Not only have the risks surrounding Alibaba been overstated, but as mentioned, investors are also ignoring its huge growth potential.

The Tailwinds

Alibaba is embarking on a multi-year business expansion strategy and investing in new ventures poised to benefit from structural consumer trends in China and globally. Alibaba’s unmatched scale and logistics capabilities, brand awareness and financial strength will allow the company to benefit from two secular tailwinds:

1) Leveraging China’s growing middle-income demographic

China’s explosive growth over the last two decades has been primarily concentrated in what are referred to as the nation’s tier 1 mega-cities, which include the likes of Beijing and Shanghai. Yet across China, roughly one billion lower-middle income consumers (70% of the total population) live in less-developed regional city centres.

Historically, this demographic has been excluded from much of China’s e-commerce boom, with e-commerce penetration in these regions vastly lower than China’s large metropolises. Alibaba’s new direct-to-consumer and fresh food delivery segments aim to serve this burgeoning demographic, which is experiencing rapidly rising disposable incomes (Figure 2).

Figure 2: Annual Disposable Income Per Capita Distribution (% of Total Population)

Source: The Chinese consumer in 2030 (eiu.com)

Already Alibaba’s Taobao Deals platform, a value-for-money extension of the popular e-commerce marketplace Taobao, is gaining traction. Since launching in 2020, Taobao Deals has added over 100 million users, with order frequency 1.8x higher than Taobao and Tmall.

Coupled with this, Alibaba’s omnichannel supermarkets are feeding a growing need in China for fast and convenient fresh food delivery. Recently, Alibaba has integrated nearly 500 of its Sun Art supermarkets (Figure 3) into its online app ecosystem, meaning 97% of fresh food orders are delivered to customers before noon the next day.

Figure 3: Alibaba in a Sun Art supermarket


Source: born2invest.com

2) International e-commerce expansion

There is a tremendous opportunity for Alibaba’s Southeast Asian (SEA) e-commerce subsidiary, Lazada, to exploit the region’s rapidly growing wealth, digitisation and e-commerce adoption, which is still very much in its infancy. In a region with a population of over 650 million people, Lazada currently makes up approximately 40% of the total SEA e-commerce market, which accounts for only 8% of the total retail sales volume, far below China’s 28% penetration.

By 2025, however, e-commerce is expected to account for 20% of retail sales (approximately $US260 billion in total sales volume). This reflects a 27% compound annual growth rate from 2020 levels. Lazada’s dominant market position, favourable SEA demographics and strong regional e-commerce adoption will allow the company to potentially grow its revenue by 20-40% annually over the next decade.

Holon takeaway: Greatly undervalued

Based on the forward assumptions of our 10-year discounted cash flow model, the value of Alibaba is $US230 per share today. This valuation reflects an approximate 192% margin of safety based on the company’s last closing price of $US84.54 as of October 5th, 2022.

That means the stock may be providing investors with a huge opportunity, with Alibaba poised to be a market darling once again.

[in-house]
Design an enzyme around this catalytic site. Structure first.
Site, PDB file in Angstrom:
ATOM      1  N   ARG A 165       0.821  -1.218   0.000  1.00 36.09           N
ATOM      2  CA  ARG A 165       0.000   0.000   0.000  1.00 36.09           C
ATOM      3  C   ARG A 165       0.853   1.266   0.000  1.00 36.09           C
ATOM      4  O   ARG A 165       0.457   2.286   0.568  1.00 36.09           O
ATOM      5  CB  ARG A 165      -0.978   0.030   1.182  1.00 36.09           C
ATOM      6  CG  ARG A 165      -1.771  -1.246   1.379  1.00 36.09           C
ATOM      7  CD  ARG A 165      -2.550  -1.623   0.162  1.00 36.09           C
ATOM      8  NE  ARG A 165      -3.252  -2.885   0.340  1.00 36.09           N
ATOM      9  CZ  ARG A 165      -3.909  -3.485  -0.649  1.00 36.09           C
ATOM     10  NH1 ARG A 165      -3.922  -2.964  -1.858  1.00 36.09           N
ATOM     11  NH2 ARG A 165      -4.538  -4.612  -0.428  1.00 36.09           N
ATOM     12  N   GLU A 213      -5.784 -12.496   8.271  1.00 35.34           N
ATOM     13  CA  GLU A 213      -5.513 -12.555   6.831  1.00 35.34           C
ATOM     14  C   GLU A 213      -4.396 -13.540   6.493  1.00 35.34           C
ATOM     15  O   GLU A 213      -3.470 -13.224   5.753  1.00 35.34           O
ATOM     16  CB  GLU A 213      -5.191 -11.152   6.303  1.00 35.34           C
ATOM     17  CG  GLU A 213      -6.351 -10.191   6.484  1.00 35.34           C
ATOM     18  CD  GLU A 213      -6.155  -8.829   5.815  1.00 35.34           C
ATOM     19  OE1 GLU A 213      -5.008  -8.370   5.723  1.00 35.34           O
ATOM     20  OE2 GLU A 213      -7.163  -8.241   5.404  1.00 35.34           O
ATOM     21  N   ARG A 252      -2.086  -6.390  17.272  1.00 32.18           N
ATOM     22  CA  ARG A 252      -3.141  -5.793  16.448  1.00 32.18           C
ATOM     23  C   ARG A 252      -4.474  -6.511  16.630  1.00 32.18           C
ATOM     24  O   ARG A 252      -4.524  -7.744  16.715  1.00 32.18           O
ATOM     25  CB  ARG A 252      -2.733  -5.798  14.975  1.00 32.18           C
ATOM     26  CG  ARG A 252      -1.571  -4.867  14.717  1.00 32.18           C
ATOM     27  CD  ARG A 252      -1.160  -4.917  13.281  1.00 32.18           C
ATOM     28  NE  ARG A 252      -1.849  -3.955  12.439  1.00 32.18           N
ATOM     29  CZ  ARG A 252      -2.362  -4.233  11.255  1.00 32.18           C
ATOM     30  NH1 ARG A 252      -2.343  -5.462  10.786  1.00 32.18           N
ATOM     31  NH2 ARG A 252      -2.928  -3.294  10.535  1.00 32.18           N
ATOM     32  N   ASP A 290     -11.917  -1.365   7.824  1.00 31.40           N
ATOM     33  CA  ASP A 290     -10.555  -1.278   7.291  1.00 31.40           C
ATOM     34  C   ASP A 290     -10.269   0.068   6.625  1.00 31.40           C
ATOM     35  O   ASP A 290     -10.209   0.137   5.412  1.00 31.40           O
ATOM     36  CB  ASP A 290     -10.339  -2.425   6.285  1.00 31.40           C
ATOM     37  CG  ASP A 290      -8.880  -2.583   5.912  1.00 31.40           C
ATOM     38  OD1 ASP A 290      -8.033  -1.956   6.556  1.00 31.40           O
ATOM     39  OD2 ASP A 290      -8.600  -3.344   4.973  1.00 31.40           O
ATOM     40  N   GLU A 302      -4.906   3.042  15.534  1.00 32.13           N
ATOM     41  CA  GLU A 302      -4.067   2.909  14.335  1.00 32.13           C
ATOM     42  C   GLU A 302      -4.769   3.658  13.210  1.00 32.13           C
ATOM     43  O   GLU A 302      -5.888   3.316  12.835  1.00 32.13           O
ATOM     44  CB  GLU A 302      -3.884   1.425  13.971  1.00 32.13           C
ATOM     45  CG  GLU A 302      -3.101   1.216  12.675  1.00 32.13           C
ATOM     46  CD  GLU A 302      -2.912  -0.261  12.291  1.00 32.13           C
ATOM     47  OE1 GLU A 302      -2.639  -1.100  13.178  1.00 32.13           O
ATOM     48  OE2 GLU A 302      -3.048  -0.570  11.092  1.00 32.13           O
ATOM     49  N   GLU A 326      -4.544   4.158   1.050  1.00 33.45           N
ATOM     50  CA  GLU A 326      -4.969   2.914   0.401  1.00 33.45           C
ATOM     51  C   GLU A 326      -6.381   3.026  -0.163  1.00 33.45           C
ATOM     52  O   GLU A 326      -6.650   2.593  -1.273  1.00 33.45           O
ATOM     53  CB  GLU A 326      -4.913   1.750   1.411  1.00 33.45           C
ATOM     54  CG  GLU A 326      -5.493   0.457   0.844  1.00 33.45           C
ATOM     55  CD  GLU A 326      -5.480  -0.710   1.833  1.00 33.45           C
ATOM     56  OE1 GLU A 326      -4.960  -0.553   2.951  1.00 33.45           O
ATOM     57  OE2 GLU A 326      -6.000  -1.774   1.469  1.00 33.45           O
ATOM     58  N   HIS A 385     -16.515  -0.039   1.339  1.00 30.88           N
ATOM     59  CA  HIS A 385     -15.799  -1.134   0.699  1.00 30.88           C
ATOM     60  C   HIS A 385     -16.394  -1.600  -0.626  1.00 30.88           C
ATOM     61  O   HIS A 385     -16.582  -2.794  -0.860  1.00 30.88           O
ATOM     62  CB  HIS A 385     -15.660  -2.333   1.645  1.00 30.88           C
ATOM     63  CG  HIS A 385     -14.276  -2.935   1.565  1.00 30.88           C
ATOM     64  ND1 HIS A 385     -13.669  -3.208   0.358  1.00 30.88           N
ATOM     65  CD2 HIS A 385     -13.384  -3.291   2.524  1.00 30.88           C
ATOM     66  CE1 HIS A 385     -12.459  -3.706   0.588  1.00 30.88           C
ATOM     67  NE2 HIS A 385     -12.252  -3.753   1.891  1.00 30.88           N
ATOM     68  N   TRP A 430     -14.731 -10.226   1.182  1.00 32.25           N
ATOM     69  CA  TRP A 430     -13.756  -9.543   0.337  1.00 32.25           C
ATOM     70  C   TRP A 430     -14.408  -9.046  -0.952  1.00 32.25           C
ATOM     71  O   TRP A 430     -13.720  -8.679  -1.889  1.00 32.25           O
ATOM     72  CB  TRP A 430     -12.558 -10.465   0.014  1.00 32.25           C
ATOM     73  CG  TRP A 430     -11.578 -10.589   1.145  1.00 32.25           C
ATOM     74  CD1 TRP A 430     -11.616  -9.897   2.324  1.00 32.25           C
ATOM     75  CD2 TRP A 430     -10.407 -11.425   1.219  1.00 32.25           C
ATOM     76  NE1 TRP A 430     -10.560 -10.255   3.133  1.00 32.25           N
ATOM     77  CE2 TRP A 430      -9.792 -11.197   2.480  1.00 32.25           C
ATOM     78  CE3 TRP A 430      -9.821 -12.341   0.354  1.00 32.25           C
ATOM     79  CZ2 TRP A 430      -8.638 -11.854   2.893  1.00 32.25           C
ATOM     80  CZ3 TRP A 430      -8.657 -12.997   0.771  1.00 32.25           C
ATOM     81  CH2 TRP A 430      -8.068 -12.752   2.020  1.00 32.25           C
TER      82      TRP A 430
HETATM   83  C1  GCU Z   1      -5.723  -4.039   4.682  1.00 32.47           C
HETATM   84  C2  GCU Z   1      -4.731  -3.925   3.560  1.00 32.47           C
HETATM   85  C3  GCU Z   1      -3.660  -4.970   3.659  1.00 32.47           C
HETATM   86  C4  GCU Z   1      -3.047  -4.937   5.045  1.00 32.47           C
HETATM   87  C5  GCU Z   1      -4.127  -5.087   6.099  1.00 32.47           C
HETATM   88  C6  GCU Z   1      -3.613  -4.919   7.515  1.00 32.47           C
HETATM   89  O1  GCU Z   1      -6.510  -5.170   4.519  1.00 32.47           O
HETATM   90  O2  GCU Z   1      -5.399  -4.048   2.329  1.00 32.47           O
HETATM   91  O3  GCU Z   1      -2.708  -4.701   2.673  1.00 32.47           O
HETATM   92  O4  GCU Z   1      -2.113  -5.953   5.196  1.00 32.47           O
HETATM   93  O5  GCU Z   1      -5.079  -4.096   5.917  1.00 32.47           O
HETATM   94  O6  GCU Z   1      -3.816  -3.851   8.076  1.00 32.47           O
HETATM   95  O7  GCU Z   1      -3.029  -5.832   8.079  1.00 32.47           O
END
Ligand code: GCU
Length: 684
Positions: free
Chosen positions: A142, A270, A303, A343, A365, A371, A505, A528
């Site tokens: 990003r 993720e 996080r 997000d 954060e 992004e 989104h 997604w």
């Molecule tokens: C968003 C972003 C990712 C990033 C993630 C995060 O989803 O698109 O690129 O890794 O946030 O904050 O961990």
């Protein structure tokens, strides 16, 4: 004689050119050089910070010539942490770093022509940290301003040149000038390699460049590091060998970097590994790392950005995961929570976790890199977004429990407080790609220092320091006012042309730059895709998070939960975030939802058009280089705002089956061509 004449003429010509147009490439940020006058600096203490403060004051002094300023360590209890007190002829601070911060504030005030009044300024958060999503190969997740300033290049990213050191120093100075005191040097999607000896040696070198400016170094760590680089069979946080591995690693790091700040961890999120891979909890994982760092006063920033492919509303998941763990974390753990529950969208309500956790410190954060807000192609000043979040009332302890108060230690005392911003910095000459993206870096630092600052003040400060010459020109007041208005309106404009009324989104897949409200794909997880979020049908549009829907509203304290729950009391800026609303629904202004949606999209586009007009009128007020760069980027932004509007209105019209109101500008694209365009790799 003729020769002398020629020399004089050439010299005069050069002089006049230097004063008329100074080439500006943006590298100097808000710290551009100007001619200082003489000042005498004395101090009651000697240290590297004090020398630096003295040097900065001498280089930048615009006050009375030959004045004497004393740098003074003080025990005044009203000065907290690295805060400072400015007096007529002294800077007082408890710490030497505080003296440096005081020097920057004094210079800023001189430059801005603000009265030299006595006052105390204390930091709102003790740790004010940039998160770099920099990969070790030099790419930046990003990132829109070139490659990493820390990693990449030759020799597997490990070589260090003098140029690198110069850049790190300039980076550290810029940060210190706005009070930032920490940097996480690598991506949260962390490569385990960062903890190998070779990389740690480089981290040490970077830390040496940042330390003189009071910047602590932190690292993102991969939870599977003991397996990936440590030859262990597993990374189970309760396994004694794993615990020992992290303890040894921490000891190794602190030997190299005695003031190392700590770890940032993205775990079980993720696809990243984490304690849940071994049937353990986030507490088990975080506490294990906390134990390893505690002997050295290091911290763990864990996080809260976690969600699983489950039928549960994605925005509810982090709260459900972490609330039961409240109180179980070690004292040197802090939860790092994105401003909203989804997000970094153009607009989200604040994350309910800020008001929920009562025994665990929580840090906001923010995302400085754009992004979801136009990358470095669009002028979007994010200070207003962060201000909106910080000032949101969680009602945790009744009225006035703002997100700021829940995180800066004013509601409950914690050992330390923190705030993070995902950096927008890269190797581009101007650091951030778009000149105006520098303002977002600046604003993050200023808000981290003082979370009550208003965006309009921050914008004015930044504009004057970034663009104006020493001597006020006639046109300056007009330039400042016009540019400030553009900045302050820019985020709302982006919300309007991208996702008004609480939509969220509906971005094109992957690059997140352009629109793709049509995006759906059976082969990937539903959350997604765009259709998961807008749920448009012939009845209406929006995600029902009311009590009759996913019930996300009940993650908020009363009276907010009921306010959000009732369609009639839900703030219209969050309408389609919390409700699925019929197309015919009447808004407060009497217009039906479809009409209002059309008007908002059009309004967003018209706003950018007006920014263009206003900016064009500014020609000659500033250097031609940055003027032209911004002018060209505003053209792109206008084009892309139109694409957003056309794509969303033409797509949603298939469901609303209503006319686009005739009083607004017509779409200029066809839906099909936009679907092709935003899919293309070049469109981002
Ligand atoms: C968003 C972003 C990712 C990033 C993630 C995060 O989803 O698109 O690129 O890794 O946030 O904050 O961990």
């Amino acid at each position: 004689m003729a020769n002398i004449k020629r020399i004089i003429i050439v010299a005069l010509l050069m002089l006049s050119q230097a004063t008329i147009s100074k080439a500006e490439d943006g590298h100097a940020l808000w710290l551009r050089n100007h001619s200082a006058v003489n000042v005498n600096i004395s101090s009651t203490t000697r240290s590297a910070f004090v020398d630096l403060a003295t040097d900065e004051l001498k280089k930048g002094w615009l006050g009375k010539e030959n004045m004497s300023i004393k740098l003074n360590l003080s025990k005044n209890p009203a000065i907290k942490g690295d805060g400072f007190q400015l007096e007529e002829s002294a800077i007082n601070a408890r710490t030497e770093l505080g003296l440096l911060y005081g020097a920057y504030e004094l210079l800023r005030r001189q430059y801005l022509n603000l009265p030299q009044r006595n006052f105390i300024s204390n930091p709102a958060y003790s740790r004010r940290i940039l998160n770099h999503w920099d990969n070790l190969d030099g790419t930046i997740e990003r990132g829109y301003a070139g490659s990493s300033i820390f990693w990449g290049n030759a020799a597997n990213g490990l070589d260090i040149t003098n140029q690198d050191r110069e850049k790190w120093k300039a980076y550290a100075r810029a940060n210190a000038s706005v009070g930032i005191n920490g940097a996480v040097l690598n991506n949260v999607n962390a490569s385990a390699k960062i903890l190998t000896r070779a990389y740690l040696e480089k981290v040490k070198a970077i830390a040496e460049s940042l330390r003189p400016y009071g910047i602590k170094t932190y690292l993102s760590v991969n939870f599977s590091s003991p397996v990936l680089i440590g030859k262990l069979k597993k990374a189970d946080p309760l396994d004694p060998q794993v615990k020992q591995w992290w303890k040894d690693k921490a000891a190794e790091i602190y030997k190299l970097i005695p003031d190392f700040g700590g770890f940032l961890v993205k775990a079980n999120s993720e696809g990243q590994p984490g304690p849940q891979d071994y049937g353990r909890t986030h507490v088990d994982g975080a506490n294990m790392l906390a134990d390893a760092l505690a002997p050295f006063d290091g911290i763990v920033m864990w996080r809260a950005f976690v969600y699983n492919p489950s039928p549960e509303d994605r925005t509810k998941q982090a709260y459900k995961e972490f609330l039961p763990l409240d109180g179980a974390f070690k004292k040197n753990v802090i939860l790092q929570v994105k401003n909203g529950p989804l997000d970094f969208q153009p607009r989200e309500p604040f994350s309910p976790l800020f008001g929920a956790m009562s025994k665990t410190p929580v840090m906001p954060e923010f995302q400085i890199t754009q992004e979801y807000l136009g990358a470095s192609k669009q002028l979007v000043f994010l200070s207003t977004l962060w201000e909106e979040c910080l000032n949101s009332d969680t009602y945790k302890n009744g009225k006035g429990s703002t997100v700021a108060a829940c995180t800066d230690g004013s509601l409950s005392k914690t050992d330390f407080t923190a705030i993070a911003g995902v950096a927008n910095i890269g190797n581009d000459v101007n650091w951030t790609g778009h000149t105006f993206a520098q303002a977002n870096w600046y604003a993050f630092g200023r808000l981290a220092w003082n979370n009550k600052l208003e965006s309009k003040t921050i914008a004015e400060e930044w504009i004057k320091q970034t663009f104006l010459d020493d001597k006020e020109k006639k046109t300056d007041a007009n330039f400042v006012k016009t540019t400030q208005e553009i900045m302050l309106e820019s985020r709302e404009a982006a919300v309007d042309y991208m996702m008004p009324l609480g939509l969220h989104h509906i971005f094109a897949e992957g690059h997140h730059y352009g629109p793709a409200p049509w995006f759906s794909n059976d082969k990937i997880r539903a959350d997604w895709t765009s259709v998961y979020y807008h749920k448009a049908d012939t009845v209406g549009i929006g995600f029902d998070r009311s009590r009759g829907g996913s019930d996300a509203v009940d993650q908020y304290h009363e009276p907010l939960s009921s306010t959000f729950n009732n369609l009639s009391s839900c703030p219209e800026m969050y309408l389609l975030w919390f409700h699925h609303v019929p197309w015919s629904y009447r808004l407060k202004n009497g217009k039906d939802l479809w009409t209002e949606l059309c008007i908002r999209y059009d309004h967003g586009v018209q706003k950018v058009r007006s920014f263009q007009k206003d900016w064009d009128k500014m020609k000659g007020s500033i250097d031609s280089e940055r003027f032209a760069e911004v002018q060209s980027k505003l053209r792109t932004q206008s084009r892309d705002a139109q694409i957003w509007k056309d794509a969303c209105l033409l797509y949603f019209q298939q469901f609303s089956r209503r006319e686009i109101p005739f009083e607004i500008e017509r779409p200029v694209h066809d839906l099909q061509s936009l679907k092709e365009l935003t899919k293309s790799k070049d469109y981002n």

If you would like to get more detailed information on the assumption and drivers used in our discounted cash flow model the full Alibaba report can be found here.

 

This article has been prepared by Holon Investments Australia Limited (ABN: 45 648 884 164, AFS Licence No: 532669) (“Holon”). The information provided in this article is general in nature and does not constitute investment advice or personal financial product advice. This article does not constitute an offer or invitation to purchase any securities. This information has not taken into account your investment objectives, particular needs or financial situation. Before acting on any information contained in this article, each person should obtain independent taxation, financial and legal advice relating to this information and consider it carefully before making any decision on recommendations. Except as otherwise required by law, Holon shall not be responsible for any trading decisions, damages or other losses resulting from, or related to, the information, data, analyses or opinions or their use. Those acting upon such information without advice do so entirely at their own risk. The information herein may not be reproduced, in any manner without the prior written consent of Holon. Holon Investments Australia Limited (ABN: 45 648 884 164, AFS Licence No: 532669) is the responsible entity and issuer for the Holon Photon Fund (ARSN 633 803 497) (the Fund). Holon is the investment manager of the Fund. The content of this article does not constitute an offer or solicitation to subscribe for units in the Fund or an offer to buy or sell any financial product. Accordingly, reliance should not be placed on this article as the basis for making an investment, financial or other decision. You should also consult a licensed financial adviser before making an investment decision in relation to the Fund. Any investment needs to be made in accordance with the relevant Product Disclosure Statement (PDS), Reference Guide and Target Market Determination (TMD), and investors should consider the PDS, Reference Guide and TMD before deciding whether to invest in the Fund or continue to hold units in the Fund. Applications for units in the Fund can only be made pursuant to the application form relevant to the Fund. Distributors of our products must consider our TMD. You can access the relevant PDS, Reference Guide and TMD at holon.investments. Valuation information is current as at the date of publication. Holon will not publish updates if opinions or estimates change. Due to changing market conditions, actual results may vary from forecast provided. Any opinion or estimate constitutes the Author’s best judgement as of the date of preparation and is subject to change without notice. The valuation in this article should be read in conjunction with the disclosures and disclaimer in the Holon Alibaba Report. Any projections contained in this report are indicative estimates only. Such projections are contingent upon matters outside the control of Holon (including but not limited to economic conditions, market volatility and company-specific fundamentals) and therefore may not be realised in the future. Past performance is not an indication of future performance. Holon does not guarantee the completeness or accuracy of the assumptions or models used in determining the valuation. The valuation is not a statement of fact. In addition, there is the risk that the valuation will not be met due to such things as unforeseen changes in demand for the company’s products, changes in management, technology, economic development, interest rate development, operating and/or material costs, competitive pressure, supervisory law, exchange rate, and tax rate. For investments in foreign markets there are further risks, generally based on exchange rate changes or changes in political and social conditions. A change in the fundamental factors can mean that the valuation is subsequently no longer accurate. Investing involves risk including the risk of loss of principal. Please note that investments in securities are subject to market and other risks and there is no assurance or guarantee that the intended investment objectives will be achieved. Past performance is not indicative of future performance. A security investment return and an investor’s principal value will fluctuate so that, when redeemed, an investor’s shares may be worth more or less than their original cost. A security’s current investment performance may be lower or higher than the investment performance noted within the report. Investing involves risk including the risk of loss of principal. Past performance is not indicative of future performance. Holon, its officers, employees and agents believe that the information in this material and the sources on which the information is based (which may be sourced from third parties) are correct as at the date of article. While every care has been taken in the preparation of this material, no warranty of accuracy or reliability is given and no responsibility for this information is accepted by Holon, its officers, employees or agents. Except where contrary to law, Holon excludes all liability for this information.